Johns Hopkins APL’s Plummer Providing Engineering Expertise to Air Force Advisory Board

Wed, 06/14/2023 - 17:30
Henry Kenyon
Anthony Plummer Jr.
Anthony Plummer Jr. is helping the U.S. Air Force tackle missile defense and other national security challenges as a member of the Department of the Air Force Scientific Advisory Board.

Credit: Johns Hopkins APL

Anthony Plummer Jr., a communications and networking engineer in the Asymmetric Operations Sector (AOS) at the Johns Hopkins Applied Physics Laboratory (APL) in Laurel, Maryland, is helping the U.S. Air Force tackle missile defense and other national security challenges as a member of the Department of the Air Force Scientific Advisory Board (SAB).

The SAB is a federal advisory committee that provides the Air Force with advice on science and technology matters. Formed in 1944, SAB reports directly to the secretary of the Air Force. Its studies and technical reviews have a major influence on the service’s research and development programs and the capabilities they develop. Board members are appointed by the secretary of defense and are “eminent authorities in the fields of science, technology, manufacturing, acquisition process and other matters of special interest” to the Air Force.

Plummer, who received his master’s and doctorate at Michigan State University, was approached to join the board in April 2022 by Leo Kempel, dean of Michigan State’s College of Engineering. Noting that he’s known Kempel for many years, Plummer added that the dean was one of his wife’s academic advisors.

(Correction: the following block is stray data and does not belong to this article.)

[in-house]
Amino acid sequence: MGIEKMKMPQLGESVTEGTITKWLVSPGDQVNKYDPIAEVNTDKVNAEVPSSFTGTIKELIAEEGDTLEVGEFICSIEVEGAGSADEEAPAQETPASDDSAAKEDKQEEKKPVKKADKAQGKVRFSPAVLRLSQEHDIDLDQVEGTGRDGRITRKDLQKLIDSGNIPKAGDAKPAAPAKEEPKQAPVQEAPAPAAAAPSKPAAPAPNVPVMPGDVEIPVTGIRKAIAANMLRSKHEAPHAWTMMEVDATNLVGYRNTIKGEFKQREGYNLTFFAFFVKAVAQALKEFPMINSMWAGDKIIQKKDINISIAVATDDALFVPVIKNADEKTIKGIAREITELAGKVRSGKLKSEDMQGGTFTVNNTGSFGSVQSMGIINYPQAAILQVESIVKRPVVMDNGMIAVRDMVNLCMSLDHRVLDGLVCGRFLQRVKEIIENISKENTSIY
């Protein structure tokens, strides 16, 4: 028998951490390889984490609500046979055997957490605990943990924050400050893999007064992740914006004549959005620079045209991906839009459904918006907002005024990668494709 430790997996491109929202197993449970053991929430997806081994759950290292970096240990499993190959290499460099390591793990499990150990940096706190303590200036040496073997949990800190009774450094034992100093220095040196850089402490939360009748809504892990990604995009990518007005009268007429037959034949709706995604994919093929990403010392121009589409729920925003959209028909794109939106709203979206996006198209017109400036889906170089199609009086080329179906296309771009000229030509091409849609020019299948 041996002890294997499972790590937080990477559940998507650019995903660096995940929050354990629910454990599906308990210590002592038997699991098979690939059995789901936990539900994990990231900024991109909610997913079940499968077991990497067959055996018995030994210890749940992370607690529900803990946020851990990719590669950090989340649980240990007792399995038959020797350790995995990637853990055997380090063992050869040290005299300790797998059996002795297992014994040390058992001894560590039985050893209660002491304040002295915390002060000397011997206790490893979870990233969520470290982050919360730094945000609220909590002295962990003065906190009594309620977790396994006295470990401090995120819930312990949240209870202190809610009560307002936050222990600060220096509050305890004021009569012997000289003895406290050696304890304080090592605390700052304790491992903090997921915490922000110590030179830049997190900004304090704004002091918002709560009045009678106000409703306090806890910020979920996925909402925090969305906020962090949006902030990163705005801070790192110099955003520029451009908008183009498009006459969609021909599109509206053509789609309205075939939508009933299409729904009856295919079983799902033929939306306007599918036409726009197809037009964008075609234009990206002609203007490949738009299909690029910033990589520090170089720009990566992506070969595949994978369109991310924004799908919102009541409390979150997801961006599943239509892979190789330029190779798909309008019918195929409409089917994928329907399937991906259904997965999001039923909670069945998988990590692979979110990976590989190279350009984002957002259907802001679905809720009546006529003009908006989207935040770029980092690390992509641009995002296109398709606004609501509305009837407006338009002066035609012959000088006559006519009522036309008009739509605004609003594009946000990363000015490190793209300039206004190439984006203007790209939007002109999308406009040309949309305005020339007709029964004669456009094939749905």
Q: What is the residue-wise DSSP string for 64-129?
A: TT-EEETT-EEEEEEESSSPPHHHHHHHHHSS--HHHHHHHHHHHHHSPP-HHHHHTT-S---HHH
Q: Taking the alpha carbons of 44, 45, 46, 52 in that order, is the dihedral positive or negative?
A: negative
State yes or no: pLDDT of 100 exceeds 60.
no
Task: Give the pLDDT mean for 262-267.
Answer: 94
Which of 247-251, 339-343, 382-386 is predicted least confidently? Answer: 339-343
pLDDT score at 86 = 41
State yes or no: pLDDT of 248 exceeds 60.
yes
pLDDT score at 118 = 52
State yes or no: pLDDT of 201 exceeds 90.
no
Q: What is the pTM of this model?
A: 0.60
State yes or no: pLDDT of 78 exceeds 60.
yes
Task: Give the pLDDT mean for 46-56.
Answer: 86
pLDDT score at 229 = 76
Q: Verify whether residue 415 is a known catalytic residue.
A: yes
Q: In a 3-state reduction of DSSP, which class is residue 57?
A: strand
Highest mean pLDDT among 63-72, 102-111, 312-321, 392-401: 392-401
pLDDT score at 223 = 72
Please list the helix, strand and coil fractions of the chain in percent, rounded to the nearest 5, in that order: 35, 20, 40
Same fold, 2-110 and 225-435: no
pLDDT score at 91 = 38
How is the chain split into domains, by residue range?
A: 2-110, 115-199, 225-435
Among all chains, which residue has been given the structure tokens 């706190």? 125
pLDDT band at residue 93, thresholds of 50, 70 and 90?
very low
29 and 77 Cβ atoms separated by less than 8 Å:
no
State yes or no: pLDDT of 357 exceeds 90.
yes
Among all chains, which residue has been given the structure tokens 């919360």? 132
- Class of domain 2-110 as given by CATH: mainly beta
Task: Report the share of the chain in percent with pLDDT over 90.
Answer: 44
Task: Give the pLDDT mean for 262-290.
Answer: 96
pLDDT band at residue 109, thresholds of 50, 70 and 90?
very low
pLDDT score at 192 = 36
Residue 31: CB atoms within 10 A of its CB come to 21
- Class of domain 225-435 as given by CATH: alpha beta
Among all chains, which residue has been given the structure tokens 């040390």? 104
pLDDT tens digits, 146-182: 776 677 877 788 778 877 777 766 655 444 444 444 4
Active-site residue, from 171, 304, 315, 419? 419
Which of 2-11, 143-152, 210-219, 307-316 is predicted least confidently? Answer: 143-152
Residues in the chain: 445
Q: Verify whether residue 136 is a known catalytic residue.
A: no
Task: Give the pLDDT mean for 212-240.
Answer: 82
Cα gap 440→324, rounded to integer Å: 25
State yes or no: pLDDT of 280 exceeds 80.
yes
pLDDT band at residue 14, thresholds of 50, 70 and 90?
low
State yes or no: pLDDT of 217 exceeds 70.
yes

Plummer is the assistant supervisor of the Mission Critical Communications Group in AOS. He has spent most of his 12 years at APL working on software projects, building systems to interface with communications equipment or to execute different types of mission applications.

He said this experience and unique perspective help make a difference with his work on the board.

“I’m the only comms person on the team. So in my role, I’ve been able to bring that perspective,” Plummer said. He added that his expertise helps SAB members understand strategies to enable connectivity between Air Force bases to support communications and access to mission applications such as linking sensors to various systems and to the warfighters using them.

This year, the SAB is supporting four Air Force studies. Plummer noted that there are about 70 people on the board, with roughly 12-15 working on each study. He added that the board study he’s participating in, Scalable Approaches to Resilient Air Operations, looks at how the Air Force protects its installations from a range of attacks, identifies gaps or shortcomings in those methods, and suggests alternative means of defense against threats like missiles and drones by deploying and coordinating systems such as guns and directed-energy weapons.

The SAB meets one week every month at various Air Force and Defense Department facilities around the country, such as Eglin Air Force Base in Florida and Wright-Patterson Air Force Base in Ohio. Although the work is a major time commitment, Plummer said he’s learning a lot about missile defense and electromagnetic systems.

“Being on the study is a nice balance because I’m getting a chance to look at real threats and talk to different folks about why we need these resilient and adaptive communications,” Plummer said.

At APL, Plummer works on software-defined wide-area network technologies. He noted that the Air Force is building out this capability to dynamically use all available data and communications transport methods at a particular base or location. The capability can utilize connections from military or commercial satellites to terrestrial fiber-optic cable, cellular or military radio sources if they have internet protocol links.

“It’s a new capability, the kind of cutting-edge capability that enables the Air Force to have resilient comms between its air bases,” Plummer said.

Plummer is one of many APL staff members serving on boards advising the military services and Department of Defense on science, technology and policy needs.